Secretary Clinton On Iran during Remarks at Daily Press Briefing
29 June 2009
Secretary Clinton: Let me also say a word about the detention of five British Embassy staff in Tehran. We are following this situation with great concern. We have noted the statement from the European Union. We find that the harassment of Embassy staff is deplorable, and we will continue to support the United Kingdom in calling for their release.
Question: On Iran, the sense we’ve been getting from your aides that we’ve been talking to is that the U.S. policy of engagement obviously is somewhat in abeyance right now as we wait to see this fluid situation on the ground in Tehran and throughout the country evolve. But I wonder what you would say to the argument that any prospect for meaningful engagement by the U.S. and the P-5+1, of which the UK is obviously a member, are drastical ly set back by what we’ve seen; in fact, that you’ve gotten your answer to all of your attempts at engaging this regime, that you’ve seen an authoritarian regime unmask itself, and that, in essence, they’re never going to strike any grand bargain with you on the nuclear question or terrorism or anything else.
Secretary Clinton: Well, there certainly is reason for us to be cautious in our dealings with Iran. There is not yet a final outcome of the process that they’re engaged in internally to demonstrate to their own people the credibility of the electoral process that has just been completed. So I am well aware of the daunting challenges ahead of us or any group that tries to deal with the Iranian regime.
Having said that, I think the President has made clear in several statements in the last week that we’re going to watch this unfold and we’re going to act in America’s national interest. That&rs quo;s what this has always been about. It’s never been about Ira n as much as it’s been about the values, goals, and the interests of the United States of America. And we remain committed to doing all we can to try to prevent Iran from becoming a nuclear weapons power.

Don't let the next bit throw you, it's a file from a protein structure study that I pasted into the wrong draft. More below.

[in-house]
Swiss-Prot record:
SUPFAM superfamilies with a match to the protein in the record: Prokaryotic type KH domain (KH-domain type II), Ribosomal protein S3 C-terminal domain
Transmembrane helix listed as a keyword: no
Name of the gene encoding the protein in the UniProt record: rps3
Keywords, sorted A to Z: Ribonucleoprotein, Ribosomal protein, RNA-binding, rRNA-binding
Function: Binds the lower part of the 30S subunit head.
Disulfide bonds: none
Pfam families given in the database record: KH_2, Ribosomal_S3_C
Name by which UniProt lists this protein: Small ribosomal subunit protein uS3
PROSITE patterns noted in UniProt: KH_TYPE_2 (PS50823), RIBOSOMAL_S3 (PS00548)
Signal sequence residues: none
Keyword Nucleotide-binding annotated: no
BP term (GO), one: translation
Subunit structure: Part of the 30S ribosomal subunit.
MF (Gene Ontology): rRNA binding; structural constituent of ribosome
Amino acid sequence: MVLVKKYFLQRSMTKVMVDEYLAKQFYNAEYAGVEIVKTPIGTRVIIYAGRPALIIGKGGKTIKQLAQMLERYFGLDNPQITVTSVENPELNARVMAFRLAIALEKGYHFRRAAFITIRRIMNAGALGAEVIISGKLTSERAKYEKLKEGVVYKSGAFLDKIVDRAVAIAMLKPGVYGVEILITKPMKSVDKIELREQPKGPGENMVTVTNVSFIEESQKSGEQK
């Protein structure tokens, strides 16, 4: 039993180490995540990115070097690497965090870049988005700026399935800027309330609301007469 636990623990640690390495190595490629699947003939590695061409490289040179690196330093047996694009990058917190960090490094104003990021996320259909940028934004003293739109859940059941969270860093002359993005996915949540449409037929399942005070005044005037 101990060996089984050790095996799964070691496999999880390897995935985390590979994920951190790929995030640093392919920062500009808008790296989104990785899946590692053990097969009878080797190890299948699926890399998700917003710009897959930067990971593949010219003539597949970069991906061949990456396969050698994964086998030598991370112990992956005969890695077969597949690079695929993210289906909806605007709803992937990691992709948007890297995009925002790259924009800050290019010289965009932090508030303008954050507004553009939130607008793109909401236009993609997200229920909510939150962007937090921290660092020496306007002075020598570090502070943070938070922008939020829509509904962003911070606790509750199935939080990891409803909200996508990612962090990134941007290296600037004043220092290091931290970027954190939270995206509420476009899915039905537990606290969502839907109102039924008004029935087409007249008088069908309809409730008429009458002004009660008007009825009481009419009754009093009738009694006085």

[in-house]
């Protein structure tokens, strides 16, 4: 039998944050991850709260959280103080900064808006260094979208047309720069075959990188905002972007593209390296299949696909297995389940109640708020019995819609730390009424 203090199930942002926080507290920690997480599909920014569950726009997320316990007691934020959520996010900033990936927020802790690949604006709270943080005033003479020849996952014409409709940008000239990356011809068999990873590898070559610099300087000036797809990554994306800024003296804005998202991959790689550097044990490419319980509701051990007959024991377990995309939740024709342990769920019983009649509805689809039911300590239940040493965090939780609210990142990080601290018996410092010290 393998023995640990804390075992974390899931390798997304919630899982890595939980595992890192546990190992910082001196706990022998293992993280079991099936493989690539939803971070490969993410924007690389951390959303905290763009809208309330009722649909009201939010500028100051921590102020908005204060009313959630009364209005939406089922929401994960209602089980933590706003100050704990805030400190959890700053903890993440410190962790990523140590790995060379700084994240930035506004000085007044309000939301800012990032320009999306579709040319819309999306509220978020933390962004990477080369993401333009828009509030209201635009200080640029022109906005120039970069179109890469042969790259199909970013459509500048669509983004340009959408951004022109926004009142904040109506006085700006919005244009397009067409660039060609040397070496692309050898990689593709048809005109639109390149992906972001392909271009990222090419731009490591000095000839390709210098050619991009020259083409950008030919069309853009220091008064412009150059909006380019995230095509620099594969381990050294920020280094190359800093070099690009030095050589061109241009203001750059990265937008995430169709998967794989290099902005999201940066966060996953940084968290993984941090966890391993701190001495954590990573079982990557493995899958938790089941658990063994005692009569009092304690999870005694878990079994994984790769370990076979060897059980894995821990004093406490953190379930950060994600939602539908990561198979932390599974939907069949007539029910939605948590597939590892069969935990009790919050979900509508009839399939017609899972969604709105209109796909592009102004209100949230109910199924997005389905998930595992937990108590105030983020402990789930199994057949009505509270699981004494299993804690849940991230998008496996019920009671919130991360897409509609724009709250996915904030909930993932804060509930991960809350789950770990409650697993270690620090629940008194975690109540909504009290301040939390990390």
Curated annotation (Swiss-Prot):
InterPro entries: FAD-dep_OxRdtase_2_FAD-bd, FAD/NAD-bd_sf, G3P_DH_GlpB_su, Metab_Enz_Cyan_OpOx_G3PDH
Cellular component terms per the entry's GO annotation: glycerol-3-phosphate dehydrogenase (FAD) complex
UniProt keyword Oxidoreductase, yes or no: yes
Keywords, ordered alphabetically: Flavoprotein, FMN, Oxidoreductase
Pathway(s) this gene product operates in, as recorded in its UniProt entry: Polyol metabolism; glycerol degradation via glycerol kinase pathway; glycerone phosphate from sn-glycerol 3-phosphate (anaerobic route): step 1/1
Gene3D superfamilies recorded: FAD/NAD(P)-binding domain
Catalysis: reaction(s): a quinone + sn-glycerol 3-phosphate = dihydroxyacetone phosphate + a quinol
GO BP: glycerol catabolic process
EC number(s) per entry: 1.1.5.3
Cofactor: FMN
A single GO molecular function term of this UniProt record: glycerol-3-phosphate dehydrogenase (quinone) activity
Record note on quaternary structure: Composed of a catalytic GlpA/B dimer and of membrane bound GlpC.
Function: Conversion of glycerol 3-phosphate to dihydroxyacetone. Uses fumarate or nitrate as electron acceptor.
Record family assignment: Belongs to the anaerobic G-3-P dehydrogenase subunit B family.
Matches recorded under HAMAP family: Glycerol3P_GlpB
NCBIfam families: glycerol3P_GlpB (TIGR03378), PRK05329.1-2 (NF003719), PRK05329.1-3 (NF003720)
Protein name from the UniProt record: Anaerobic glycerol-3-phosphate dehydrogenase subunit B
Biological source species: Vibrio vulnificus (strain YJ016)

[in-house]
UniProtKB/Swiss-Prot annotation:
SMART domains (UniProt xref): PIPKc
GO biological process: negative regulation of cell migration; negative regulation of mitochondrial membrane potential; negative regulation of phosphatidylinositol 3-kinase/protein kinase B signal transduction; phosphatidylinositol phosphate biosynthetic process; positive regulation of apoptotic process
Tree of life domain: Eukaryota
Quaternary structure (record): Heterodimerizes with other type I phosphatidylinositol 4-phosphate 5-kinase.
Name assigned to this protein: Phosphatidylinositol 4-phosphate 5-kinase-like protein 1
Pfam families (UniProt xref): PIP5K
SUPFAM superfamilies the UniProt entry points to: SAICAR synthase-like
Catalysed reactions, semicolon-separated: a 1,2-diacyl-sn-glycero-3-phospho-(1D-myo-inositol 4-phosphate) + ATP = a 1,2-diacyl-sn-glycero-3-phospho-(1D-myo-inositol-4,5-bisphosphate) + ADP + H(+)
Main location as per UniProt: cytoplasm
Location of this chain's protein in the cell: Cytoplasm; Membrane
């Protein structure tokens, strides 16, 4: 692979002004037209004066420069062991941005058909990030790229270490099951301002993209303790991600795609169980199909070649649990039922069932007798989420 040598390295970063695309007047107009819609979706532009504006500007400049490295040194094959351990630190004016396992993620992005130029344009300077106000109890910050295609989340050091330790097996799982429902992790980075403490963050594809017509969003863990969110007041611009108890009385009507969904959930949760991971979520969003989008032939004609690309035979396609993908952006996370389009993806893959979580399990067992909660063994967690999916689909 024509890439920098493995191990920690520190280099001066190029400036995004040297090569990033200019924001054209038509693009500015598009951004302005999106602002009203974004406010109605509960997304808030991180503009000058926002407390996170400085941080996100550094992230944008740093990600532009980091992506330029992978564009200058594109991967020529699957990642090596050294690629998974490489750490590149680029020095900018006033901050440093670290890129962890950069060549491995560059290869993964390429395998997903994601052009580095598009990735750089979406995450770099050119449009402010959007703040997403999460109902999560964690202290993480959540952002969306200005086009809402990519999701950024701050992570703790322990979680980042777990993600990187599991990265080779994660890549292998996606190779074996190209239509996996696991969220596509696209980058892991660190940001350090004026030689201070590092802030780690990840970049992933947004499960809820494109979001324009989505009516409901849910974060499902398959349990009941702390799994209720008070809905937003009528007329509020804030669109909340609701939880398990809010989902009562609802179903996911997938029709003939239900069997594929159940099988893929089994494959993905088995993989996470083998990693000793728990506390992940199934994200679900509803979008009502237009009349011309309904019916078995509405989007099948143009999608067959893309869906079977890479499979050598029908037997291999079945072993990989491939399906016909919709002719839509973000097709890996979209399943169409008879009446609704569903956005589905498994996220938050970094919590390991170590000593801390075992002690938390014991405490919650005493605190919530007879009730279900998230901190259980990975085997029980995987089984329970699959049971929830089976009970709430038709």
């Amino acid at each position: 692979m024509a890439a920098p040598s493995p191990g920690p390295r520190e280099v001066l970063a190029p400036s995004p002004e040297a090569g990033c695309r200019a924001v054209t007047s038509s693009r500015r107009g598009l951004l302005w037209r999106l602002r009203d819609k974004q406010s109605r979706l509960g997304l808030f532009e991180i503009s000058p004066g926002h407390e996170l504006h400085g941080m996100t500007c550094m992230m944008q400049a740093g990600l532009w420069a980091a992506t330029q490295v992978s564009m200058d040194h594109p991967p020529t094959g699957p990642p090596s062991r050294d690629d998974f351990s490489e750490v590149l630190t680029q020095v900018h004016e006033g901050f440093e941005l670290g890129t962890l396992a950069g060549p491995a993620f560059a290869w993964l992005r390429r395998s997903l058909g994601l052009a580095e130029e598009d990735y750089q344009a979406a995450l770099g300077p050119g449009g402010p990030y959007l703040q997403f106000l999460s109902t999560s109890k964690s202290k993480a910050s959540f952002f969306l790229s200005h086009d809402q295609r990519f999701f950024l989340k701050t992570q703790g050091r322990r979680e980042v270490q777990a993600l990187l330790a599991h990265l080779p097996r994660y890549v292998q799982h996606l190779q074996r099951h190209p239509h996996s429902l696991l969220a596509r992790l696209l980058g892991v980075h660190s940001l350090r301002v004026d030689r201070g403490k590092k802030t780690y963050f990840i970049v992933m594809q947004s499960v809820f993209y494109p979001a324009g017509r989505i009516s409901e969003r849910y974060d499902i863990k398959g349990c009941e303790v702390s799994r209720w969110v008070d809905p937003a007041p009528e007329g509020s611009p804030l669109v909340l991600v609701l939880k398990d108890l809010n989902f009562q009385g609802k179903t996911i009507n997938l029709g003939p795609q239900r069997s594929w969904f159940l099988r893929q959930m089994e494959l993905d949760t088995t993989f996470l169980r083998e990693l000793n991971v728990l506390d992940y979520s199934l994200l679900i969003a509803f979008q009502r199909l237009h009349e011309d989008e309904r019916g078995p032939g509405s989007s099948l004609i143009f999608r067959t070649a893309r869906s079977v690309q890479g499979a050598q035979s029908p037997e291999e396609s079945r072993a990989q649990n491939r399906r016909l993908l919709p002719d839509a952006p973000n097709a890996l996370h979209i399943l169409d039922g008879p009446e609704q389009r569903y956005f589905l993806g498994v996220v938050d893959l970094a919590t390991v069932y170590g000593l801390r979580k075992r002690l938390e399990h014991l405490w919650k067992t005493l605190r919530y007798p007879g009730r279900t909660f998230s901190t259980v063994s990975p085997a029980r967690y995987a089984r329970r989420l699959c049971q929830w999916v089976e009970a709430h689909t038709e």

So we’re going to watch this and we’re going to gauge our actions accordingly.
Question: But there’s no sense you get in which these events might have somehow enhanced the prospects for engagement, have they?
Secretary Clinton: I’m not going to make a value judgment on what they may or may not have done. I’m just going to reiterate that everything we intend to do is in light of how we view America’s long-term interests and security, as well as those of friends and allies, not just in the region but around the world.
Question: Madame Secretary, back to Iran. The Guardian Council has just announced that it – just after a limited recount, that they consider the vote valid. Is this enough for the international community? Do you plan on recognizing the government of President Ahmadinejad? I mean, we’ve seen this crisis over the last few weeks illustrate a real division in the regime. Do you think that this is the beginning of the end of the Iranian regime?
Secretary Clinton: Well, I’m not going to speculate on what happens with their internal regime. Obviously, they have a huge credibility gap with their own people as to the election process. And I don’t think that’s going to disappear by any finding of a limited review of a relatively small number of ballots.
But clearly, these internal matters are for Iranians themselves to address and we hope that they will be given the opportunity to do so in a peaceful way that respects the right of expression. And it has been my position and that of our Administration that we support the fundamental values of people’s voices being heard, their votes being counted. And we’ll have to see how this unfolds. You know, it’s – this is a historic moment for Iran and for the Iranian people. And I don’t want to speculate on how it’s going to turn out.
Question: Well, will you recognize President Ahmadinejad as the democratically elected president?
Secretary Clinton: We’re going to take this a day at a time. We’re going to watch and carefully assess what we see happening.
Thank you all very much.